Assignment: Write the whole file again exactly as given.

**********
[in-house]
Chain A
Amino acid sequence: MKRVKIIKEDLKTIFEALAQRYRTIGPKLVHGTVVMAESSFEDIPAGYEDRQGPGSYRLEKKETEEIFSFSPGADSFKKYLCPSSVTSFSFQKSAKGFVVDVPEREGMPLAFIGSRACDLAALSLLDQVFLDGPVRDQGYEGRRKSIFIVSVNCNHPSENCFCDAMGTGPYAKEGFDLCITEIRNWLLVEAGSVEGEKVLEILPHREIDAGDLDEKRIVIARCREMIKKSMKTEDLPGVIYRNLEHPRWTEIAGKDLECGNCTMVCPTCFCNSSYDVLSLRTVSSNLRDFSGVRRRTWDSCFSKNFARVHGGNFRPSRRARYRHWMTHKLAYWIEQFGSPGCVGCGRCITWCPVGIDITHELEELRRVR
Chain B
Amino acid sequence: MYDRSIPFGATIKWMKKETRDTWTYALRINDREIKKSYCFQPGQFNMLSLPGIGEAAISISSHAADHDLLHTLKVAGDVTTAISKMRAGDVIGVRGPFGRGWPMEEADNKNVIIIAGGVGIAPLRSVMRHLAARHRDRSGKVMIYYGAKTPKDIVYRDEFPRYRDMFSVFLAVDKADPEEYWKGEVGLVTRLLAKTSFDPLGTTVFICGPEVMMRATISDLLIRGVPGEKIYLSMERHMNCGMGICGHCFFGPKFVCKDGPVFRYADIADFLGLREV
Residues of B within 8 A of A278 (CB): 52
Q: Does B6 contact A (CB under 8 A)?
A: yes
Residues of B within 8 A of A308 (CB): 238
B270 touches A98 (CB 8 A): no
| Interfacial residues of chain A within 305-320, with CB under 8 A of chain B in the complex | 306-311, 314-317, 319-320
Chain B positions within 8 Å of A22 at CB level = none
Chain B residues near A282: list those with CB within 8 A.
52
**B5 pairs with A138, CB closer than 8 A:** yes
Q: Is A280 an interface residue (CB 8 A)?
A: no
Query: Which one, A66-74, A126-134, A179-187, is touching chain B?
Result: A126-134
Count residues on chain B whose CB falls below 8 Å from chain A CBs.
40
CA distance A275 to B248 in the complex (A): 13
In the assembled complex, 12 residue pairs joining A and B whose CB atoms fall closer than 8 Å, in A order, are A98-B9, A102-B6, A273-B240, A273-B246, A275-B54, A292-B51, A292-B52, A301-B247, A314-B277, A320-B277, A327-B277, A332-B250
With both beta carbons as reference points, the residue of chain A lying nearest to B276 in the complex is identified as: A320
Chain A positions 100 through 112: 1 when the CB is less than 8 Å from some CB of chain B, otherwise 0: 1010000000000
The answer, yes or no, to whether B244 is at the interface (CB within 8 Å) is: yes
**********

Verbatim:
[in-house]
Chain A
Amino acid sequence: MKRVKIIKEDLKTIFEALAQRYRTIGPKLVHGTVVMAESSFEDIPAGYEDRQGPGSYRLEKKETEEIFSFSPGADSFKKYLCPSSVTSFSFQKSAKGFVVDVPEREGMPLAFIGSRACDLAALSLLDQVFLDGPVRDQGYEGRRKSIFIVSVNCNHPSENCFCDAMGTGPYAKEGFDLCITEIRNWLLVEAGSVEGEKVLEILPHREIDAGDLDEKRIVIARCREMIKKSMKTEDLPGVIYRNLEHPRWTEIAGKDLECGNCTMVCPTCFCNSSYDVLSLRTVSSNLRDFSGVRRRTWDSCFSKNFARVHGGNFRPSRRARYRHWMTHKLAYWIEQFGSPGCVGCGRCITWCPVGIDITHELEELRRVR
Chain B
Amino acid sequence: MYDRSIPFGATIKWMKKETRDTWTYALRINDREIKKSYCFQPGQFNMLSLPGIGEAAISISSHAADHDLLHTLKVAGDVTTAISKMRAGDVIGVRGPFGRGWPMEEADNKNVIIIAGGVGIAPLRSVMRHLAARHRDRSGKVMIYYGAKTPKDIVYRDEFPRYRDMFSVFLAVDKADPEEYWKGEVGLVTRLLAKTSFDPLGTTVFICGPEVMMRATISDLLIRGVPGEKIYLSMERHMNCGMGICGHCFFGPKFVCKDGPVFRYADIADFLGLREV
Residues of B within 8 A of A278 (CB): 52
Q: Does B6 contact A (CB under 8 A)?
A: yes
Residues of B within 8 A of A308 (CB): 238
B270 touches A98 (CB 8 A): no
| Interfacial residues of chain A within 305-320, with CB under 8 A of chain B in the complex | 306-311, 314-317, 319-320
Chain B positions within 8 Å of A22 at CB level = none
Chain B residues near A282: list those with CB within 8 A.
52
**B5 pairs with A138, CB closer than 8 A:** yes
Q: Is A280 an interface residue (CB 8 A)?
A: no
Query: Which one, A66-74, A126-134, A179-187, is touching chain B?
Result: A126-134
Count residues on chain B whose CB falls below 8 Å from chain A CBs.
40
CA distance A275 to B248 in the complex (A): 13
In the assembled complex, 12 residue pairs joining A and B whose CB atoms fall closer than 8 Å, in A order, are A98-B9, A102-B6, A273-B240, A273-B246, A275-B54, A292-B51, A292-B52, A301-B247, A314-B277, A320-B277, A327-B277, A332-B250
With both beta carbons as reference points, the residue of chain A lying nearest to B276 in the complex is identified as: A320
Chain A positions 100 through 112: 1 when the CB is less than 8 Å from some CB of chain B, otherwise 0: 1010000000000
The answer, yes or no, to whether B244 is at the interface (CB within 8 Å) is: yes